Disruptions in the auto industry will result in billions lost, with recovery years away. Yet companies that reimagine their operations will perform best in the next normal.
By Thomas Hofstätter, Melanie Krawina, Bernhard Mühlreiter, Stefan Pöhler, and Andreas Tschiesner – Electric mobility, driverless cars, automated factories, and ridesharing—these are just a few of the major disruptions the auto industry faced even before the COVID-19 crisis. Now with travel deeply curtailed by the pandemic, and in the midst of worldwide factory closures, slumping car sales, and massive layoffs, it’s natural to wonder what the “next normal” for the auto sector will look like. Over the past few months, we’ve seen the first indicators of this automotive future becoming visible, with the biggest industry changes yet to come.

Many of the recent developments raise concern. For instance, the COVID-19 crisis has compelled about 95 percent of all German automotive-related companies to put their workforces on short-term work during the shutdown, a scheme whereby employees are temporarily laid off and receive a substantial amount of their pay through the government. Globally, the repercussions of the COVID-19 crisis are immense and unprecedented. In fact, many auto-retail stores have remained closed for a month or more. We estimate that the top 20 OEMs in the global auto sector will see profits decline by approximately $100 billion in 2020, a roughly six-percentage-point decrease from just two years ago. It might take years to recover from this plunge in profitability.

At the operational level, the pandemic has accelerated developments in the automotive industry that began several years ago. Many of these changes are largely positive, such as the growth of online traffic and the greater willingness of OEMs to cooperate with partners—automotive and otherwise—to address challenges. Others, however, can have negative effects, such as the tendency to focus on core activities, rather than exploring new areas. While OEMs may now be concentrating on the core to keep the lights on, the failure to investigate other opportunities could hurt them long term.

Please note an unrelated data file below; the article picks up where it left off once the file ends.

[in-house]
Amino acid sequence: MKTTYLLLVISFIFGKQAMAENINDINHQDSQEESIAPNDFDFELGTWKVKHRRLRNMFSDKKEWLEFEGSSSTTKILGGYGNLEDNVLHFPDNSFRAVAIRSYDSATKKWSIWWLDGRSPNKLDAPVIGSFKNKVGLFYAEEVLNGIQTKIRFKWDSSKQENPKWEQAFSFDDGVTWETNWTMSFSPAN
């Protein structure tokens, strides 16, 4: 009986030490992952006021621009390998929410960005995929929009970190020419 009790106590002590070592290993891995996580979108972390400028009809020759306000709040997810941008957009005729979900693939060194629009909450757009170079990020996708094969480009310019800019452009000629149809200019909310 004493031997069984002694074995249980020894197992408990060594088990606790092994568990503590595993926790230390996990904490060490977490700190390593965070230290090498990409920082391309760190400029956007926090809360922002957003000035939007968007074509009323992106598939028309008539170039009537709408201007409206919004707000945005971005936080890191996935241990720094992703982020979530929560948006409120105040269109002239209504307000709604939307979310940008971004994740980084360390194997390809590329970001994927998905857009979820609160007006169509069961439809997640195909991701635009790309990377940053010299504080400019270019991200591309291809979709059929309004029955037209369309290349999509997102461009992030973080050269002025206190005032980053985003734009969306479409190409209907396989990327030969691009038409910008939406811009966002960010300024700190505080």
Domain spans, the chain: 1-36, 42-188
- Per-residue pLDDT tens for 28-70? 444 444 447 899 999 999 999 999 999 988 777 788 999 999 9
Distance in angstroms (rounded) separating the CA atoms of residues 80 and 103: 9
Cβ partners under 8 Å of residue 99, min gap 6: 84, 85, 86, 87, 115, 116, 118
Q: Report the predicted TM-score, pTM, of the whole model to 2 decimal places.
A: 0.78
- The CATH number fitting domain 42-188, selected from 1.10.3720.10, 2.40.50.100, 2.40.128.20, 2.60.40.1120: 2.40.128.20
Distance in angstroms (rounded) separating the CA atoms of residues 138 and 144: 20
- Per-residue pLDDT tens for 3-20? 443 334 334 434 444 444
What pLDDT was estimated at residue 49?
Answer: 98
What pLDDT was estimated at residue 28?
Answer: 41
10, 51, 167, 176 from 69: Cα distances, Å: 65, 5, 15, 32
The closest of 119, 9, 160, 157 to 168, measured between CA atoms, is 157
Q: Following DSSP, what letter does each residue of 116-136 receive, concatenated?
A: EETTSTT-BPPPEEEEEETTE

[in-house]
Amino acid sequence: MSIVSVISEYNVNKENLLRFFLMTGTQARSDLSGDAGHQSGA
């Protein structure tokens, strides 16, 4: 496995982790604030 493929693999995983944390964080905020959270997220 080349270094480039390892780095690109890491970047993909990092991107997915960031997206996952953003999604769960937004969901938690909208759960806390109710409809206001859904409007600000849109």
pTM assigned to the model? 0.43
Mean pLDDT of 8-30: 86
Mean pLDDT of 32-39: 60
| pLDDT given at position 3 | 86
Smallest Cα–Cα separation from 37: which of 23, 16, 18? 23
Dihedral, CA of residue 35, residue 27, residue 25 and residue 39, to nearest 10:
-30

As they navigate this crisis, automotive leaders may gain an advantage by reimagining their organizational structures and operations. Five moves can help them during this process: radically focusing on digital channels, shifting to recurring revenue streams, optimizing asset deployment, embracing zero-based budgeting, and building a resilient supply chain. One guiding principle—the need to establish a strong decision-making cadence—will also help. We believe that the window of opportunity for making these changes will permanently close in a few months—and that means the time to act is now or never. more>

It’s the most important election in our lifetime, and it always will be

We never know how important an election really is until long after it’s over.
By Ezra Klein – “There’s just one month left before the most important election of our lifetime,” Democratic presidential nominee Joe Biden tweeted in early October.

Two days later, Sen. Bernie Sanders backed him up. “This is the most important election, not only in our lifetime but in the modern history of our country,” he said in Michigan.

In 2016, it was Donald Trump deploying the cliché. “This is by far the most important vote you’ve ever cast for anyone at any time,” he said.

I won’t be coy with my view: I think the most important election of my lifetime was 2000, and I’ll defend that view in this piece. But more interesting than the parlor game is the framework of this debate. What makes something the most important election of a lifetime? How would we know?

Before 2016, the campaign in which I heard the “most important election of our lifetime” talk most often was 2004, when George W. Bush ran for reelection against John Kerry. It certainly felt pivotal. It was a referendum on the Iraq War, which was built on lies and carried out by fools, and left Iraq soaked in blood. It was also a referendum on the hard right turn Bush had taken in office, away from “compassionate conservatism” and toward neoconservatism abroad, and a politics of patriotic paranoia at home.